The years immediately following the drafting of the first Constitutions were a period of rapid experiment and change. By 1800 the sixteen States then composing the Union had adopted twenty-six Constitutions. The year 1793 found three, New Hampshire, Vermont, and South Carolina, under their third form of organic law, and four others, Massachusetts, Pennsylvania, Delaware, and Georgia, under their second. These rapid substitutions were necessary. Jefferson said, in explanation of the defects of Virginia's Constitution, that "the abuses of monarchy had so filled all the speeches of political men that we imagined everything republican that was not monarchical. We had not yet penetrated to the mother principle that governments are republican only in proportion as they embody the will of the people and execute it."1 In general, it was found that the crude early Constitutions were most workable in those features in which they followed the colonial governments, and least practical when they departed widely from them.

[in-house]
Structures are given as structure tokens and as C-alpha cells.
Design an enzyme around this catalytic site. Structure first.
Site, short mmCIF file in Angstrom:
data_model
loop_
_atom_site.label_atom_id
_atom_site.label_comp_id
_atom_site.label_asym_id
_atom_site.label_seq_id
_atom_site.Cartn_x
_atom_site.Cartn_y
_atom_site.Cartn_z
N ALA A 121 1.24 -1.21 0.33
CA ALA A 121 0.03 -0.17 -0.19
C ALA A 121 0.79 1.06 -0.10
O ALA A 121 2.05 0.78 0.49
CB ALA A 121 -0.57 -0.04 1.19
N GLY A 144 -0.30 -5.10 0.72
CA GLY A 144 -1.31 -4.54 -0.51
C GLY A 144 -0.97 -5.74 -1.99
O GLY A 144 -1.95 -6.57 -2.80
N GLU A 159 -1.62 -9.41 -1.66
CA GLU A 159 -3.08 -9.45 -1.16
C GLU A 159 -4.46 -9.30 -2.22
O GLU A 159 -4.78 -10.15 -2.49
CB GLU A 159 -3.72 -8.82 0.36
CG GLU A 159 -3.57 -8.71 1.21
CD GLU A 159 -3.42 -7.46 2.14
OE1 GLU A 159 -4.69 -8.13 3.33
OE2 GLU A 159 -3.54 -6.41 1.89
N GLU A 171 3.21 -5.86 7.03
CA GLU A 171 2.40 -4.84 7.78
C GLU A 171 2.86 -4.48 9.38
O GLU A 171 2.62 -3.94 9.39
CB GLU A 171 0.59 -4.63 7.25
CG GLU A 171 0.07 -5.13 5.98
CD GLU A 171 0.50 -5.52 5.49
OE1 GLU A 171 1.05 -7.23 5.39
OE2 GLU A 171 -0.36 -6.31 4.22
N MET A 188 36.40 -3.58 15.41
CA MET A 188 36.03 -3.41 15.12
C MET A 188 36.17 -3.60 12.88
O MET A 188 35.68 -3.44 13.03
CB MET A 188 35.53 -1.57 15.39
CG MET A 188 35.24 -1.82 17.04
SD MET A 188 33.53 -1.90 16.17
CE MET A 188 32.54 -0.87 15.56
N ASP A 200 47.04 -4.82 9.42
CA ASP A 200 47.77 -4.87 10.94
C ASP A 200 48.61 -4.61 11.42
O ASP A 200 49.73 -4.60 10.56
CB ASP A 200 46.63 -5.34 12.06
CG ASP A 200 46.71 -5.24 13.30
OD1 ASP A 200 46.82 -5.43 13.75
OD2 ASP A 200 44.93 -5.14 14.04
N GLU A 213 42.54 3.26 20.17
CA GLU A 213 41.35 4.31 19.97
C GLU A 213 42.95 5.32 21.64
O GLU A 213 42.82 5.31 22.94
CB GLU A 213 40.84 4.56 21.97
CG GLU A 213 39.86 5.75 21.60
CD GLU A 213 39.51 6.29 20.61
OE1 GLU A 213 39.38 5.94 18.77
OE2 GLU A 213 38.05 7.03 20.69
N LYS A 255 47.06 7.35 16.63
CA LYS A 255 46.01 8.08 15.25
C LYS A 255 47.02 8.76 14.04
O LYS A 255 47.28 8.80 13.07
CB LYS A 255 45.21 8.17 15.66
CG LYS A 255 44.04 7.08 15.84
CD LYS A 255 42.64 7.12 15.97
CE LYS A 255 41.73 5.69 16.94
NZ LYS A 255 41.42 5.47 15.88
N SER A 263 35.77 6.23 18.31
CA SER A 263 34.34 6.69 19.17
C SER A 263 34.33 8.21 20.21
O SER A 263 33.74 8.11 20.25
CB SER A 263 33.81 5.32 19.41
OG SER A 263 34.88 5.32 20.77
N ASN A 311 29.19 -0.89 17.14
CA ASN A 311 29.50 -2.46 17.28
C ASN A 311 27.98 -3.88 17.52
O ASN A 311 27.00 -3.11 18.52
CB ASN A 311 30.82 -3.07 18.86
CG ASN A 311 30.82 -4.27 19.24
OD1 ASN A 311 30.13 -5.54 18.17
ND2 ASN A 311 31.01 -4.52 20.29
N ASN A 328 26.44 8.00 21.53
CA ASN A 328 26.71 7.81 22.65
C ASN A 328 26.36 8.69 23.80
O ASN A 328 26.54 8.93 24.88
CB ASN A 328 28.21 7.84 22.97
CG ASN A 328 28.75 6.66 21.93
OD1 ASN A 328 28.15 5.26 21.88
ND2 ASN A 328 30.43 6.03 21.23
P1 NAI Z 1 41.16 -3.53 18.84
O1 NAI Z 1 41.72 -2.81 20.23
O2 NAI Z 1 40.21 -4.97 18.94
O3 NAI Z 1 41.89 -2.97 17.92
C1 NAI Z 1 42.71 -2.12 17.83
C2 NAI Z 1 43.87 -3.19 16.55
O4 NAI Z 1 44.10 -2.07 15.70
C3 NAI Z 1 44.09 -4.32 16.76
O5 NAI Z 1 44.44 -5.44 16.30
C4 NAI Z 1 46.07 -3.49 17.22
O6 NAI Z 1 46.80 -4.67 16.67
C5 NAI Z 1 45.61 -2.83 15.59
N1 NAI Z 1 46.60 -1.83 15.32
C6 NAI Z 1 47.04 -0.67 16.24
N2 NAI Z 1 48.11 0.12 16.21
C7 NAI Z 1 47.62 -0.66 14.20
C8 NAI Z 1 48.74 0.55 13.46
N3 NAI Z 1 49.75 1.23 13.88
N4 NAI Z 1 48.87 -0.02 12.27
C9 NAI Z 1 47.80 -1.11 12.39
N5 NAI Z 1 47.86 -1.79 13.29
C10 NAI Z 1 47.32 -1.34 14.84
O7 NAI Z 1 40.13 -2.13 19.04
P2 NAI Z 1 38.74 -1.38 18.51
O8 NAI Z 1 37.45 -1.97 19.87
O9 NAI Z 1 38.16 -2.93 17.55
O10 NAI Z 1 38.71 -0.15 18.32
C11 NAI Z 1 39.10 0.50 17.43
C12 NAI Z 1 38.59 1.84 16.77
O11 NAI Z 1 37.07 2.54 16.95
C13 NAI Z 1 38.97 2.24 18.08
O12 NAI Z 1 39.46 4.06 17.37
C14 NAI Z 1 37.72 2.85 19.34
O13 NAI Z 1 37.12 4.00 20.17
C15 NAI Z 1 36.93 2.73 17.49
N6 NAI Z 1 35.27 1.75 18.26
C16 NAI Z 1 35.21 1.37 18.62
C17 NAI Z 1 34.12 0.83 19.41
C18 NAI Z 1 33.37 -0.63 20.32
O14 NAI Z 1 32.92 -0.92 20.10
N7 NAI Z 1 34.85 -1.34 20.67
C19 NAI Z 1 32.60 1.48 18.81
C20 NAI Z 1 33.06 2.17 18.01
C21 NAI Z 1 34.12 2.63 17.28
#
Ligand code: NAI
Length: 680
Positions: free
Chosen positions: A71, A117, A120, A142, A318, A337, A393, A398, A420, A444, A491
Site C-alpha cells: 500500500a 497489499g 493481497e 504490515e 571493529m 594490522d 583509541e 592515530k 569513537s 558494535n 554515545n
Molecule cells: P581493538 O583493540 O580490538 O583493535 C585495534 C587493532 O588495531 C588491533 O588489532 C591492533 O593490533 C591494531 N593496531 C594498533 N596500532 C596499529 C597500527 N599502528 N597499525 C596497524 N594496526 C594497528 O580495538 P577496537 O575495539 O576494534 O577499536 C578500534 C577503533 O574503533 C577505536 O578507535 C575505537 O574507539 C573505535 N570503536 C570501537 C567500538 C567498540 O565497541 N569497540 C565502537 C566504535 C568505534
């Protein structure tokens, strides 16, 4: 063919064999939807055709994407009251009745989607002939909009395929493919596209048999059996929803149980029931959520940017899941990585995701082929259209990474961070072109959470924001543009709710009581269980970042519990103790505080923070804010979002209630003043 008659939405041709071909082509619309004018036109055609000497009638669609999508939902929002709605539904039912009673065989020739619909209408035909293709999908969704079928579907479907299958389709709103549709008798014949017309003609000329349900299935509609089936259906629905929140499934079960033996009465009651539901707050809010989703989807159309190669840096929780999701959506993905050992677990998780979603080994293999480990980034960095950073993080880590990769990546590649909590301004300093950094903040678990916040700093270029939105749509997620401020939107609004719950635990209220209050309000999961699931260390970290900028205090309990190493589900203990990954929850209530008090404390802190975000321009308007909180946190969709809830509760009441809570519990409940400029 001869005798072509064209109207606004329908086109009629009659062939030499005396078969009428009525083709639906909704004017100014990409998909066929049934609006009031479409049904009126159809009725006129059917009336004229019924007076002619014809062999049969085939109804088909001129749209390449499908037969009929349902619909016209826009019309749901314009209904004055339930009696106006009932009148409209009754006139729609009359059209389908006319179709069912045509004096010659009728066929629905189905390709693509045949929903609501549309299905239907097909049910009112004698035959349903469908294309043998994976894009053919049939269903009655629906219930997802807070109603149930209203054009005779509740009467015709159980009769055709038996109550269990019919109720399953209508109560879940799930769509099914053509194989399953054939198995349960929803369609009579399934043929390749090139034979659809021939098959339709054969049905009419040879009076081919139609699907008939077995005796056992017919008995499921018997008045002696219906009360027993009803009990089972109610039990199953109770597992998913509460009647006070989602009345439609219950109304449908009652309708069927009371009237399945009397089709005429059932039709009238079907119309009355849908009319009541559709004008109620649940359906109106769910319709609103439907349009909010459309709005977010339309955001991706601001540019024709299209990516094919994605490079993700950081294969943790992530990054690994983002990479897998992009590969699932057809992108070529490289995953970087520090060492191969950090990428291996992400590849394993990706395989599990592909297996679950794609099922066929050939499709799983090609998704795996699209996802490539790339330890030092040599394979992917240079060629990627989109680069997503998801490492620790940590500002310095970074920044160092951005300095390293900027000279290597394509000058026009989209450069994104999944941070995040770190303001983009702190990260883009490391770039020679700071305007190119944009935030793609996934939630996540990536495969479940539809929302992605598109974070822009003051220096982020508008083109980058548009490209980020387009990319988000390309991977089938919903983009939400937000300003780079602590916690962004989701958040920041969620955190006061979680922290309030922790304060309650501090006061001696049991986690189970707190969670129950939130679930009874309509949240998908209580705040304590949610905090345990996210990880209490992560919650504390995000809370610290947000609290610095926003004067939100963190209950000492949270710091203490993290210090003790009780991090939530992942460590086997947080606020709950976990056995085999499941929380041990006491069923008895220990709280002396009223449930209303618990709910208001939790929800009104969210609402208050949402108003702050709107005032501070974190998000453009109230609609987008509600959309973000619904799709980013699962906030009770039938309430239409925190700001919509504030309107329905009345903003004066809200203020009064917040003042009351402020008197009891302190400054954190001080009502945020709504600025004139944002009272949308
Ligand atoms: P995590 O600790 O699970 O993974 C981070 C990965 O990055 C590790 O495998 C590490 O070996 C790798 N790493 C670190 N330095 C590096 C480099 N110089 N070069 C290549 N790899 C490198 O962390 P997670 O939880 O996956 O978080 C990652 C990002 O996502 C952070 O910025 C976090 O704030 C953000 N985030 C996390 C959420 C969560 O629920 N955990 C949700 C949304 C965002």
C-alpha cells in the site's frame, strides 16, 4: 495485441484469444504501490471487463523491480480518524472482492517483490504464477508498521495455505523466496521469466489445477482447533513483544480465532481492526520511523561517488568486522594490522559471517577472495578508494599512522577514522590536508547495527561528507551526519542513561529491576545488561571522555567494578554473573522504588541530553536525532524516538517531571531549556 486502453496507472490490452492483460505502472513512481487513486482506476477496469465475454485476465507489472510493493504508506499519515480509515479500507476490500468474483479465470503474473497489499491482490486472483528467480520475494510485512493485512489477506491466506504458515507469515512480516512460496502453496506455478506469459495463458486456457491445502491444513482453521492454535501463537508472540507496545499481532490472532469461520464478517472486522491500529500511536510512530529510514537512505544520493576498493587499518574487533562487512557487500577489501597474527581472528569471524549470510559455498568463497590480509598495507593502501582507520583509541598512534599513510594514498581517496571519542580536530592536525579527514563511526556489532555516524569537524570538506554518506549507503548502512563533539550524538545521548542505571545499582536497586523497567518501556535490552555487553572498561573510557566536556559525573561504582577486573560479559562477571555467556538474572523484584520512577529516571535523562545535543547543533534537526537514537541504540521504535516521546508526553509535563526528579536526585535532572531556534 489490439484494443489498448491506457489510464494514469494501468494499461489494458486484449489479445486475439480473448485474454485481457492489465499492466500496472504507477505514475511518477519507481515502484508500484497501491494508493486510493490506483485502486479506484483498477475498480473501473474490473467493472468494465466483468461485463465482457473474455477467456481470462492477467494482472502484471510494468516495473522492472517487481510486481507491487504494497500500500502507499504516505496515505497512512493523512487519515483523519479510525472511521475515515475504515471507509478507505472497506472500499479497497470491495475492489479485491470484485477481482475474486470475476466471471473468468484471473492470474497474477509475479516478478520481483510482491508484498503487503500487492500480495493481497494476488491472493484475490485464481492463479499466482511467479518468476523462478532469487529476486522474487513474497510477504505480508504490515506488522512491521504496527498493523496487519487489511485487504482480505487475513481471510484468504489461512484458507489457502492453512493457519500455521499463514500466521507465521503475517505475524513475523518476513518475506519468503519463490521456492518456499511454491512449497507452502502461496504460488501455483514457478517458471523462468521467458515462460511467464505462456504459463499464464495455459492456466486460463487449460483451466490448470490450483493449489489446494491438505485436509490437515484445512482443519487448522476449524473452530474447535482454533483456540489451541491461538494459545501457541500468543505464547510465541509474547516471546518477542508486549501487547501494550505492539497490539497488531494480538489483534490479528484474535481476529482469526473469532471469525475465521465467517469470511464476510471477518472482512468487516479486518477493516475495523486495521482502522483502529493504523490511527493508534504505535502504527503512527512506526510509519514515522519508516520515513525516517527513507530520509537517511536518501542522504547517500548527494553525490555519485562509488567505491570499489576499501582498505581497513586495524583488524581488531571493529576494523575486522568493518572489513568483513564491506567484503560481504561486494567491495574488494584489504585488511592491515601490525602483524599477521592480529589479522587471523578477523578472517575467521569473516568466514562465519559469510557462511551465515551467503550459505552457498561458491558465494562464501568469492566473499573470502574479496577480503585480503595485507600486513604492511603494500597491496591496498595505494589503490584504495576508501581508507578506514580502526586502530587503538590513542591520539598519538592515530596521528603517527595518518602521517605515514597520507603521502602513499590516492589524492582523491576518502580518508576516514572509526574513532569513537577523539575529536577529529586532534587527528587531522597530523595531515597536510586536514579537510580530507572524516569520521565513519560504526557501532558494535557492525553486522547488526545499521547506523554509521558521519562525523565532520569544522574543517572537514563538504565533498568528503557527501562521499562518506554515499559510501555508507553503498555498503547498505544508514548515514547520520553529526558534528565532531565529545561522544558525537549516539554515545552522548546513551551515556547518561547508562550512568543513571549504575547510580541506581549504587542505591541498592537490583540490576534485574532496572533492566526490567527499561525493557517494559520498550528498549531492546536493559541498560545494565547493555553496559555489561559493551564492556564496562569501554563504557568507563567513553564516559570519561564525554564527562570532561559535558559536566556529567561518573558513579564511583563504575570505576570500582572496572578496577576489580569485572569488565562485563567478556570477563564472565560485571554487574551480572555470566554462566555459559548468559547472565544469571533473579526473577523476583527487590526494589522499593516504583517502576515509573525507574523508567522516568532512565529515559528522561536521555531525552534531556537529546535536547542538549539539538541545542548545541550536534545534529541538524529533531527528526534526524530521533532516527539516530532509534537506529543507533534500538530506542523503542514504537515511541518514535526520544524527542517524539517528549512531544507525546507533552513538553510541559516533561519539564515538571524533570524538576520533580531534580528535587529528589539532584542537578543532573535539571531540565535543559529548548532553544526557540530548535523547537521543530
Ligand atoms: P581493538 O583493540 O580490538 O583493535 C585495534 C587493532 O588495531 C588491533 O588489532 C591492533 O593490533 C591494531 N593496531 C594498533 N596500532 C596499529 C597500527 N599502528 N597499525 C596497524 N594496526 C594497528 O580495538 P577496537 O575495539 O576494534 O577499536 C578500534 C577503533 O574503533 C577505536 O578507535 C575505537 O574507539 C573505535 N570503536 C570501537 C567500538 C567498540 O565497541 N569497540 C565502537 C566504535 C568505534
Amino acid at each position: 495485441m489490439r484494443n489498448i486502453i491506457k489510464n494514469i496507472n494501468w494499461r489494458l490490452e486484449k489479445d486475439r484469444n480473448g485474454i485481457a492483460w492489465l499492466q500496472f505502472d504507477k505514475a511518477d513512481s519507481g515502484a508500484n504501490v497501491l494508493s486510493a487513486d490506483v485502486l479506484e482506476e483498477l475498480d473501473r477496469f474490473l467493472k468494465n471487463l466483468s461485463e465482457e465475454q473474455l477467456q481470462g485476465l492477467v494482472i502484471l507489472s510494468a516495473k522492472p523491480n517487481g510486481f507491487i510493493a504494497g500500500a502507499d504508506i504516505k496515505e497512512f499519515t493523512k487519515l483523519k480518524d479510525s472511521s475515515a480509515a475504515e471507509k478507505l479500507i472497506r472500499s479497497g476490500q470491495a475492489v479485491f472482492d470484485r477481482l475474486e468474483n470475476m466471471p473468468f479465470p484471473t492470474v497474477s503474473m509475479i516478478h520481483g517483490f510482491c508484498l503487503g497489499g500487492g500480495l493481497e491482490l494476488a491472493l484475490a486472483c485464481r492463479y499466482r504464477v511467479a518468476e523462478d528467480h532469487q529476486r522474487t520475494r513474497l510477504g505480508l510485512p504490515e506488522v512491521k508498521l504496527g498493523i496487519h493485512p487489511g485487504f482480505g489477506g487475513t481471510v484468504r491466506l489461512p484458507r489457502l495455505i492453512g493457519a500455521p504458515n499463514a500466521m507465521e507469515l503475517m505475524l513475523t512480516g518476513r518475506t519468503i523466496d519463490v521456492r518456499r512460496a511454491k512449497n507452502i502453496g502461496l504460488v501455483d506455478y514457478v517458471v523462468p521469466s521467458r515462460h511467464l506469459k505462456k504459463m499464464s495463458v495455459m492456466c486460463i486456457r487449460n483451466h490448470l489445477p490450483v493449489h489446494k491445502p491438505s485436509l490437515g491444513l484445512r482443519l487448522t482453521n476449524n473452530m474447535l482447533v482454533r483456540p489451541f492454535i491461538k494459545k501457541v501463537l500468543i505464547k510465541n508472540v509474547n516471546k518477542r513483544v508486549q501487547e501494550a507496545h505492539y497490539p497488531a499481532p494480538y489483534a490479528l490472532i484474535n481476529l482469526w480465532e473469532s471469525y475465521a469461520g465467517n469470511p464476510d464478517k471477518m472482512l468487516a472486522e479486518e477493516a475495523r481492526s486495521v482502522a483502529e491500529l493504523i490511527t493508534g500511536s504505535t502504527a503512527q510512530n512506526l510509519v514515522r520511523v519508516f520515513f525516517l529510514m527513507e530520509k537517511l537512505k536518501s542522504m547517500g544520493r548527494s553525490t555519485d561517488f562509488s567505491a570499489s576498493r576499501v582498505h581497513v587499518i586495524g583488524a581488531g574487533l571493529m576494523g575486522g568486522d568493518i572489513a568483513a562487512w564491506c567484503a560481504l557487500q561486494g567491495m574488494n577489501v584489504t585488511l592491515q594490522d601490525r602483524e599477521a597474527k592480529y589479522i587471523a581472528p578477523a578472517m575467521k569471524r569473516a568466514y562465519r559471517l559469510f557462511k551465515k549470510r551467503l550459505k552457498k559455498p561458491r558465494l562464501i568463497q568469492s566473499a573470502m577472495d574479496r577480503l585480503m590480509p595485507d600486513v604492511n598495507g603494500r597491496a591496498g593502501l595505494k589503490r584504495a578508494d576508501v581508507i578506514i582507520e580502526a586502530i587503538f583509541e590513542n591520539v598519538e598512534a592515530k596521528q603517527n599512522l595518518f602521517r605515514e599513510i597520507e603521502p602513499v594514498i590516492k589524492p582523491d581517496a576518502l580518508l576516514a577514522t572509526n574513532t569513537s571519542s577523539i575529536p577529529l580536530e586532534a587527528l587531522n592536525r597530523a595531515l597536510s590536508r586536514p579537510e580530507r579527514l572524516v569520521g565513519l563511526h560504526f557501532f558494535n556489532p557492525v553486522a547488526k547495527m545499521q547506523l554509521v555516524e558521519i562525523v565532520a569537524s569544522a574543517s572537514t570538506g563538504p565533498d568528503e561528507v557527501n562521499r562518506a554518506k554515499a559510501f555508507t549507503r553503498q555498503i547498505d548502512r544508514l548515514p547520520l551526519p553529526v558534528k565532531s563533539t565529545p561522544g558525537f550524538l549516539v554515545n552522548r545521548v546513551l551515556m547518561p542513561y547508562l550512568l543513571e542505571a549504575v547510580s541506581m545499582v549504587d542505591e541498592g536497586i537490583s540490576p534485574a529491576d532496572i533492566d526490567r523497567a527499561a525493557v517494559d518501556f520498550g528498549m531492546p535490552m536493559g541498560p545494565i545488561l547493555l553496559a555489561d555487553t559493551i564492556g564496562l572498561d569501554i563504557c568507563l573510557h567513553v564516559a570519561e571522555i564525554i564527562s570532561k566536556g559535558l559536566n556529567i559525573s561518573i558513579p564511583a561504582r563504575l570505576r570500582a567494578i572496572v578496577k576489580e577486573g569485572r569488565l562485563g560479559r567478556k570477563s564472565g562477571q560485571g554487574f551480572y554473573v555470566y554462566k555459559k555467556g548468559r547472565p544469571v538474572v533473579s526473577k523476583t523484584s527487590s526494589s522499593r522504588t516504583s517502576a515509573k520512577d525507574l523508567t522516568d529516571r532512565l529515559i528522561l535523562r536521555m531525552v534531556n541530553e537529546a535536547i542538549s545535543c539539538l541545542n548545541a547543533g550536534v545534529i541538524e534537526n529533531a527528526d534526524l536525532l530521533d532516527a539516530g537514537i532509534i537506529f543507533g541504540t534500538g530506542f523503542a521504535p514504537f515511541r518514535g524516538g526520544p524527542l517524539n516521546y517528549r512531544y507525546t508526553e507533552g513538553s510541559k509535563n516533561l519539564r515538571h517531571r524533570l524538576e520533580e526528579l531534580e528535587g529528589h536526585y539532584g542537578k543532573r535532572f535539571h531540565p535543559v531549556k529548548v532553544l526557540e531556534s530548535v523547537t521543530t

While it required a good many years to demonstrate the inutility or danger of such innovations as the Council of Censors in Pennsylvania or the Council of Appointment in New York, the errors made in the application of old principles of government were soon evident. A series of wartime shocks taught the States that their legislatures were much too strong, their executive departments too weak. The principle of balance had suffered no more than that of democracy. The constitutional definition of the new electorate, it was found in many States, was too narrow. Complaints arose, again, that important liberal principles had been stated and then not applied at all. The bills of rights in particular laid down generalizations upon equality of representation, religious freedom, and the debarment of property from special privilege, which the Constitutions failed adequately to put into effect. A number of____________________